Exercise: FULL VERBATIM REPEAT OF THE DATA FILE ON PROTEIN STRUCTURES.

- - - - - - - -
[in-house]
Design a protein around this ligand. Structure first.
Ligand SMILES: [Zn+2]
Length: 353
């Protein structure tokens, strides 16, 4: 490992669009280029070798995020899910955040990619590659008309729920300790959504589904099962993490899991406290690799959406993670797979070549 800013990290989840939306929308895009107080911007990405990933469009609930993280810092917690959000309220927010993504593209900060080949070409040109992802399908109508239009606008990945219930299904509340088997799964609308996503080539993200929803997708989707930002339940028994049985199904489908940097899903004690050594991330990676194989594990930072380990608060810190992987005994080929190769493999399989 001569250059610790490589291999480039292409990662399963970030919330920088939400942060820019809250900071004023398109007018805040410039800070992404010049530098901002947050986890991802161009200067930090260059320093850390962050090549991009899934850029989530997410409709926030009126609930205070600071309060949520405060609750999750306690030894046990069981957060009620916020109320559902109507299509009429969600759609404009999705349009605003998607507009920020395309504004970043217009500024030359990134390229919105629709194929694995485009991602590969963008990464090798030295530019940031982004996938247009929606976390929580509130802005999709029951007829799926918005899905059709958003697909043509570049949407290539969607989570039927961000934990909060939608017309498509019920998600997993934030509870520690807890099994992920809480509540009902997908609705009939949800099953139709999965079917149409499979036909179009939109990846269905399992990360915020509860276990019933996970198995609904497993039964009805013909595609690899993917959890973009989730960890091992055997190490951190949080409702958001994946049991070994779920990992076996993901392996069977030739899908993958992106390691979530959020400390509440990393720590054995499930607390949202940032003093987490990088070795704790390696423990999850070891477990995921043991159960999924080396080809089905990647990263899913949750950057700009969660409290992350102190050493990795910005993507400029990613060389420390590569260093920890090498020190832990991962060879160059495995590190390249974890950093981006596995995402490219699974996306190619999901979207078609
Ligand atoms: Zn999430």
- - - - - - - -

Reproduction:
[in-house]
Design a protein around this ligand. Structure first.
Ligand SMILES: [Zn+2]
Length: 353
């Protein structure tokens, strides 16, 4: 490992669009280029070798995020899910955040990619590659008309729920300790959504589904099962993490899991406290690799959406993670797979070549 800013990290989840939306929308895009107080911007990405990933469009609930993280810092917690959000309220927010993504593209900060080949070409040109992802399908109508239009606008990945219930299904509340088997799964609308996503080539993200929803997708989707930002339940028994049985199904489908940097899903004690050594991330990676194989594990930072380990608060810190992987005994080929190769493999399989 001569250059610790490589291999480039292409990662399963970030919330920088939400942060820019809250900071004023398109007018805040410039800070992404010049530098901002947050986890991802161009200067930090260059320093850390962050090549991009899934850029989530997410409709926030009126609930205070600071309060949520405060609750999750306690030894046990069981957060009620916020109320559902109507299509009429969600759609404009999705349009605003998607507009920020395309504004970043217009500024030359990134390229919105629709194929694995485009991602590969963008990464090798030295530019940031982004996938247009929606976390929580509130802005999709029951007829799926918005899905059709958003697909043509570049949407290539969607989570039927961000934990909060939608017309498509019920998600997993934030509870520690807890099994992920809480509540009902997908609705009939949800099953139709999965079917149409499979036909179009939109990846269905399992990360915020509860276990019933996970198995609904497993039964009805013909595609690899993917959890973009989730960890091992055997190490951190949080409702958001994946049991070994779920990992076996993901392996069977030739899908993958992106390691979530959020400390509440990393720590054995499930607390949202940032003093987490990088070795704790390696423990999850070891477990995921043991159960999924080396080809089905990647990263899913949750950057700009969660409290992350102190050493990795910005993507400029990613060389420390590569260093920890090498020190832990991962060879160059495995590190390249974890950093981006596995995402490219699974996306190619999901979207078609
Ligand atoms: Zn999430």